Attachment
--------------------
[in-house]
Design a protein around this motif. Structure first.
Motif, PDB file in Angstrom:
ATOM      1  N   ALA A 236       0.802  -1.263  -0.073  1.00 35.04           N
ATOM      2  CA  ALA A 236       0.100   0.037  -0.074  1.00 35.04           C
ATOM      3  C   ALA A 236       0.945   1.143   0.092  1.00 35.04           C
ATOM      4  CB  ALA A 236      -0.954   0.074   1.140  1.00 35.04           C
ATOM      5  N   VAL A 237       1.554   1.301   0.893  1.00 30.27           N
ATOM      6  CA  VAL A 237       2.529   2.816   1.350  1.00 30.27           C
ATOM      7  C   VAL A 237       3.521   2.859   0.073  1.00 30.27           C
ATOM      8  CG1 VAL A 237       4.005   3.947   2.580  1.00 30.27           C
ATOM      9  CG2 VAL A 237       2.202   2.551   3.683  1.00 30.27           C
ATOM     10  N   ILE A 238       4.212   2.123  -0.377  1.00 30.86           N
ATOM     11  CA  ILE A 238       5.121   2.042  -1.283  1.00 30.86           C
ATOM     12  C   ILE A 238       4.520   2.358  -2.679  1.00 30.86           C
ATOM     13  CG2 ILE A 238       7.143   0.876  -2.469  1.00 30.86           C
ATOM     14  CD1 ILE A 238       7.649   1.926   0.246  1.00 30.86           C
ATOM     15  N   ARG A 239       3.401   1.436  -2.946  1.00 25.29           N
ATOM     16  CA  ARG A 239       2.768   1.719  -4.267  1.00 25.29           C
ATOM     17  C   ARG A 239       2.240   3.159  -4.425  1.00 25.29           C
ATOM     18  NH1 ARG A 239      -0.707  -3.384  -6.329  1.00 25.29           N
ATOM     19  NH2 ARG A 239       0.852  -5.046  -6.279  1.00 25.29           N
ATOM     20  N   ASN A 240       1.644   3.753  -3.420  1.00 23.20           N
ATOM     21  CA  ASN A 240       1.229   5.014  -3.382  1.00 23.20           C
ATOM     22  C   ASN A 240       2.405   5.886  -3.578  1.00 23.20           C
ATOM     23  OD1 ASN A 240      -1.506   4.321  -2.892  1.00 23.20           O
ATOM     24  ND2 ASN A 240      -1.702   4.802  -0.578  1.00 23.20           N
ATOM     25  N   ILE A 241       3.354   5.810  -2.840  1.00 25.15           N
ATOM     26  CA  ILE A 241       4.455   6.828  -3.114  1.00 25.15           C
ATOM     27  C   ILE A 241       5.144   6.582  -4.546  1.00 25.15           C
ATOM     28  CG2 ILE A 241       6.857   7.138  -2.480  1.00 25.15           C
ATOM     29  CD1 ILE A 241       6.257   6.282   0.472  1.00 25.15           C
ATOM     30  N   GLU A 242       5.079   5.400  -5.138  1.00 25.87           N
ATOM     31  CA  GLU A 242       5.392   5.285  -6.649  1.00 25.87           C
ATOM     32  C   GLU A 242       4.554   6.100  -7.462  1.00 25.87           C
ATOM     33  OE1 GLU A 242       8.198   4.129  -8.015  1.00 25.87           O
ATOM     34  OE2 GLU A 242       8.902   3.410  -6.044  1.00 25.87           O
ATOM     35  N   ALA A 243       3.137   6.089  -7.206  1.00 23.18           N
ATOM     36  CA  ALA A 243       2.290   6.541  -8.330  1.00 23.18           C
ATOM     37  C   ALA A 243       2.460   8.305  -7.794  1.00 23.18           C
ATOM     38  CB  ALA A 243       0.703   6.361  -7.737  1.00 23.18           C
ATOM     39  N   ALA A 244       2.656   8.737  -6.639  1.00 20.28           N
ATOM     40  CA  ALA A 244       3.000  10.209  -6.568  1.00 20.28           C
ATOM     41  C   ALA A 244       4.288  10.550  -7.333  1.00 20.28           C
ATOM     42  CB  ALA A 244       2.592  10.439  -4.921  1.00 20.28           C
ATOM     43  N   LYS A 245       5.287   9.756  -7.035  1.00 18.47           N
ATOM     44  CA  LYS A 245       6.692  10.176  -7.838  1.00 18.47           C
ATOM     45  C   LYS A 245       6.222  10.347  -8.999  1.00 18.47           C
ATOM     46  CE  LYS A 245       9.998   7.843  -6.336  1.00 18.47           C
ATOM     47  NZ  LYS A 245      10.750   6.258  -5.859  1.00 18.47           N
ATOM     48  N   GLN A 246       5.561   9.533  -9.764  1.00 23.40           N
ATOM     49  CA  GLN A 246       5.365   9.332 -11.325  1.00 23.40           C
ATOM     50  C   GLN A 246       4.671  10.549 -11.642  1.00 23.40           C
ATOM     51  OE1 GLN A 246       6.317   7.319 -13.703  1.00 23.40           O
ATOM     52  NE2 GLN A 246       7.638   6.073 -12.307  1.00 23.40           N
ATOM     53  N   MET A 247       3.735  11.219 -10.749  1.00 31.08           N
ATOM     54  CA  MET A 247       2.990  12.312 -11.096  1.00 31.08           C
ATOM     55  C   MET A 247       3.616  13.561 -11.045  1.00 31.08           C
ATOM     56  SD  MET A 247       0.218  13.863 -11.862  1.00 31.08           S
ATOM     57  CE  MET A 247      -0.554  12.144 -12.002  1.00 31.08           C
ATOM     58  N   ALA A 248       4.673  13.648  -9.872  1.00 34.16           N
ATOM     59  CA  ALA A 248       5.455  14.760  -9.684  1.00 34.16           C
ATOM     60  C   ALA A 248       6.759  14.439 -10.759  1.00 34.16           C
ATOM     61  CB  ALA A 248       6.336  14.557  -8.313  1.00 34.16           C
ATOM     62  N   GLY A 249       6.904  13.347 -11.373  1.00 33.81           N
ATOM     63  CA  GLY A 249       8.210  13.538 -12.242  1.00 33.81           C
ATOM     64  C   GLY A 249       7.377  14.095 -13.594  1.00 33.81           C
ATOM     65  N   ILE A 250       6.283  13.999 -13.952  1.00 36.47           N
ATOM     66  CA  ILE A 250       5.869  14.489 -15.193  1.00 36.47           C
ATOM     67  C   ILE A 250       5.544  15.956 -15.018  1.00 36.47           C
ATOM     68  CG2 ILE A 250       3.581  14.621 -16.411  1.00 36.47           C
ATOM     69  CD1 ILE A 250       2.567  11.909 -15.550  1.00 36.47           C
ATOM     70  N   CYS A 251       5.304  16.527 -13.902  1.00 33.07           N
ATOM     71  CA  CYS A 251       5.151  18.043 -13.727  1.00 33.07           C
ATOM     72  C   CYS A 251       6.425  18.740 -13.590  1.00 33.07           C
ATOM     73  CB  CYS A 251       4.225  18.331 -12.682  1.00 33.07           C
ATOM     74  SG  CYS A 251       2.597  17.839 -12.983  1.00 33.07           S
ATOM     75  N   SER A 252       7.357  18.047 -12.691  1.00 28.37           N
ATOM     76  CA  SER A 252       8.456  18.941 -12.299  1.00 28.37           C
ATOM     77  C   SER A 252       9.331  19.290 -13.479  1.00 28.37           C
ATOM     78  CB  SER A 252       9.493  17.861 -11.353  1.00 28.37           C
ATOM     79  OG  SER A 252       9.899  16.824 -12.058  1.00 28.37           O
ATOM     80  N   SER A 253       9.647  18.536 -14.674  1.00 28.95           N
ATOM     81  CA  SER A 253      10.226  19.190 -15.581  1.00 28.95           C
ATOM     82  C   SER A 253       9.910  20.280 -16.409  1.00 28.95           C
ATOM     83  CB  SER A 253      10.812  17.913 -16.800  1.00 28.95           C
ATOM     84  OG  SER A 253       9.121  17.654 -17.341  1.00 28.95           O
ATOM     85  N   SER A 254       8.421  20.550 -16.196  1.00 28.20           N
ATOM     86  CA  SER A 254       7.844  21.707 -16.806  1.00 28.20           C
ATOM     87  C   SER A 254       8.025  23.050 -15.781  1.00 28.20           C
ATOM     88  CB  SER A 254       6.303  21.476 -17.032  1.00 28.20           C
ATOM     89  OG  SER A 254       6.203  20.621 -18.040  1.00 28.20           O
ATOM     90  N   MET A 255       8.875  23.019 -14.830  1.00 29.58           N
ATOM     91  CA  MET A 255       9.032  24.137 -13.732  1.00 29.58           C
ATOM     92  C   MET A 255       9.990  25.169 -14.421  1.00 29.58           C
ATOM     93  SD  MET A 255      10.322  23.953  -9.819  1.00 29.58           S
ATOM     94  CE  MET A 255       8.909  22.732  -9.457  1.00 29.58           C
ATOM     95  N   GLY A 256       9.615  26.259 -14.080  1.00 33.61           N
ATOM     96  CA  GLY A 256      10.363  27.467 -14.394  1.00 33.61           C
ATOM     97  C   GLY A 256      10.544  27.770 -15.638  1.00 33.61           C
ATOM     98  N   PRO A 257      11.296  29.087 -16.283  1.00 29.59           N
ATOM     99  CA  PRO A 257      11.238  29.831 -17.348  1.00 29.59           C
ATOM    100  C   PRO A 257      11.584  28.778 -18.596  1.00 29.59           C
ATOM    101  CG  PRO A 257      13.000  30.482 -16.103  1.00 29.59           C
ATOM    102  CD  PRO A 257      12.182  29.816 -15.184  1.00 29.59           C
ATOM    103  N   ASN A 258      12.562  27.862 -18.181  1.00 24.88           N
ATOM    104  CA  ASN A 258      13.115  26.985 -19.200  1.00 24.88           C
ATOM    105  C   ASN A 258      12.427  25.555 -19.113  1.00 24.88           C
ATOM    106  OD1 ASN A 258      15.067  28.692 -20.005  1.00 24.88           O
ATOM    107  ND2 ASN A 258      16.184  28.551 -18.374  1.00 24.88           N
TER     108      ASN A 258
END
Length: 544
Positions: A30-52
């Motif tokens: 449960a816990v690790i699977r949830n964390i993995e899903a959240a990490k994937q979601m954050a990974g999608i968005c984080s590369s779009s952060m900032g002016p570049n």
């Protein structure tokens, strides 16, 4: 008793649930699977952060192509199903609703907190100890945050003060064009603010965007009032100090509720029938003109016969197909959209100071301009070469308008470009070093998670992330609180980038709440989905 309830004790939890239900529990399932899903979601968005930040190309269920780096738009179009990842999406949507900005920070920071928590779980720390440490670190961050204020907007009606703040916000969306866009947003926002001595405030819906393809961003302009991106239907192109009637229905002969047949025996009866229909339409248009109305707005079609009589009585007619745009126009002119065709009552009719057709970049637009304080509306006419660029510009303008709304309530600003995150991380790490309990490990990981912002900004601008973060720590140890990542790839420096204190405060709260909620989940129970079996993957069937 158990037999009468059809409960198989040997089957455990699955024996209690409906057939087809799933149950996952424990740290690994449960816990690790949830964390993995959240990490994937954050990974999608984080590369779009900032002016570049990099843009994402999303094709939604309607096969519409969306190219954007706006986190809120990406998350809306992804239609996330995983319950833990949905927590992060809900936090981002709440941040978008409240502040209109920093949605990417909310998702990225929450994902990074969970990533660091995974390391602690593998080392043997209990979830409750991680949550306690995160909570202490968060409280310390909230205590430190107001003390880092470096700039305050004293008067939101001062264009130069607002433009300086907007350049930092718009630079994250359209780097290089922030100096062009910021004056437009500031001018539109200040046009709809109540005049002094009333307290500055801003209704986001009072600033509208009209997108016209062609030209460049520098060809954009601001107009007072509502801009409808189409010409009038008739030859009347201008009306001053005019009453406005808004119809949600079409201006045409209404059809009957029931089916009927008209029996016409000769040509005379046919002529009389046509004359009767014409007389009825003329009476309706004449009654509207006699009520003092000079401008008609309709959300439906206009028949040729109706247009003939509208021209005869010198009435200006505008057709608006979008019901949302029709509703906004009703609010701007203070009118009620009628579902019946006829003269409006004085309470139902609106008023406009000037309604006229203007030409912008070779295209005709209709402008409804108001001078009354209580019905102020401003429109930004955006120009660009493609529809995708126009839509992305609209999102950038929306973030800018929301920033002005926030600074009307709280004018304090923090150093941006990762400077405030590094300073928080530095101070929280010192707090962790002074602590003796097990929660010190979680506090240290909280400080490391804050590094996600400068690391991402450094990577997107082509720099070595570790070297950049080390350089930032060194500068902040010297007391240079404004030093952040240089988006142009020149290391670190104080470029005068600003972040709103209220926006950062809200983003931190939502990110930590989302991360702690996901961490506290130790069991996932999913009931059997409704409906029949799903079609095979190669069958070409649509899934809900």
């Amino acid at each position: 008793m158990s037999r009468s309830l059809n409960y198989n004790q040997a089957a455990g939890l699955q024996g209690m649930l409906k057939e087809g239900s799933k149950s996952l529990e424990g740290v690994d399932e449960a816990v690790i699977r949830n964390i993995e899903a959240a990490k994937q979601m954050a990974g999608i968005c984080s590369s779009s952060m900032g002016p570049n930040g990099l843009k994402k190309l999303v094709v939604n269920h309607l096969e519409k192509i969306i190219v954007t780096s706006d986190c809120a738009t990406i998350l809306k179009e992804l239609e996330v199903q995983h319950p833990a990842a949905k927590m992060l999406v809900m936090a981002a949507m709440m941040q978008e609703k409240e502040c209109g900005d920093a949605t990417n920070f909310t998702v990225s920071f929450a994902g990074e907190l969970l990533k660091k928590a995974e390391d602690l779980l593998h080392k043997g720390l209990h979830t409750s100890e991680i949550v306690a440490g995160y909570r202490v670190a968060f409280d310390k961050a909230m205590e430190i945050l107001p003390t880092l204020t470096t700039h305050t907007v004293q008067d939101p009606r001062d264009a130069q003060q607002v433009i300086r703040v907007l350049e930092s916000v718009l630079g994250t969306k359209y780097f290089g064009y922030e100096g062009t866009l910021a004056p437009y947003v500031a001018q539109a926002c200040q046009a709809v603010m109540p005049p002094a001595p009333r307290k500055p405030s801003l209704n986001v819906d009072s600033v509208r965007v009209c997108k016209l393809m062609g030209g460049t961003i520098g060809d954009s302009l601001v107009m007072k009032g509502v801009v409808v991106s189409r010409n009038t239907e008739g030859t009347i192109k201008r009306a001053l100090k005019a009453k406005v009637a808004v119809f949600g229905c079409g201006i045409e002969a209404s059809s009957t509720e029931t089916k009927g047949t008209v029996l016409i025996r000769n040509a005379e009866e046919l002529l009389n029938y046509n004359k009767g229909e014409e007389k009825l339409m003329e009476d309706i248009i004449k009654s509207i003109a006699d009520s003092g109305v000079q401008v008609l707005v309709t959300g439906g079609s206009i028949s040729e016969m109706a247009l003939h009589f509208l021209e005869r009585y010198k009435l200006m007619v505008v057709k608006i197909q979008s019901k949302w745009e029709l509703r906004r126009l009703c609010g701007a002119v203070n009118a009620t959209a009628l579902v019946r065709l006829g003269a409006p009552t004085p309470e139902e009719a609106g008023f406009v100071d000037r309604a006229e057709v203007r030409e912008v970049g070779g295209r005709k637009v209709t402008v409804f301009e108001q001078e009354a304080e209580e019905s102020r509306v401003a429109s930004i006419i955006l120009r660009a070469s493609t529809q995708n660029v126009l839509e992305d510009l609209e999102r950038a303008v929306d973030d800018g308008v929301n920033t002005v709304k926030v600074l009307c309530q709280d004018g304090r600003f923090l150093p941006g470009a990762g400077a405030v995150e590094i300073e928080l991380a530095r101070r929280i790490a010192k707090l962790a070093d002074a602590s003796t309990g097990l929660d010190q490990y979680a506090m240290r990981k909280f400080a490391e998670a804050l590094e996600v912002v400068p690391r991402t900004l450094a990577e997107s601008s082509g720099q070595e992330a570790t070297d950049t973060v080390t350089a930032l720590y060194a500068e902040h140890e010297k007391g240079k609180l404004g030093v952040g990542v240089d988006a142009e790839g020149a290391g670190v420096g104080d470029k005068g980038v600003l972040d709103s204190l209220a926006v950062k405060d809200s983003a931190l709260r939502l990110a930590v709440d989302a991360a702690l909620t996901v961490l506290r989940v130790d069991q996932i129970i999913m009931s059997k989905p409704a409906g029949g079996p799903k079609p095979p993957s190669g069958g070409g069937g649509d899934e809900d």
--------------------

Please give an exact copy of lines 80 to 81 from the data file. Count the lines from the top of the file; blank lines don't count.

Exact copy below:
ATOM     77  C   SER A 252       9.331  19.290 -13.479  1.00 28.37           C
ATOM     78  CB  SER A 252       9.493  17.861 -11.353  1.00 28.37           C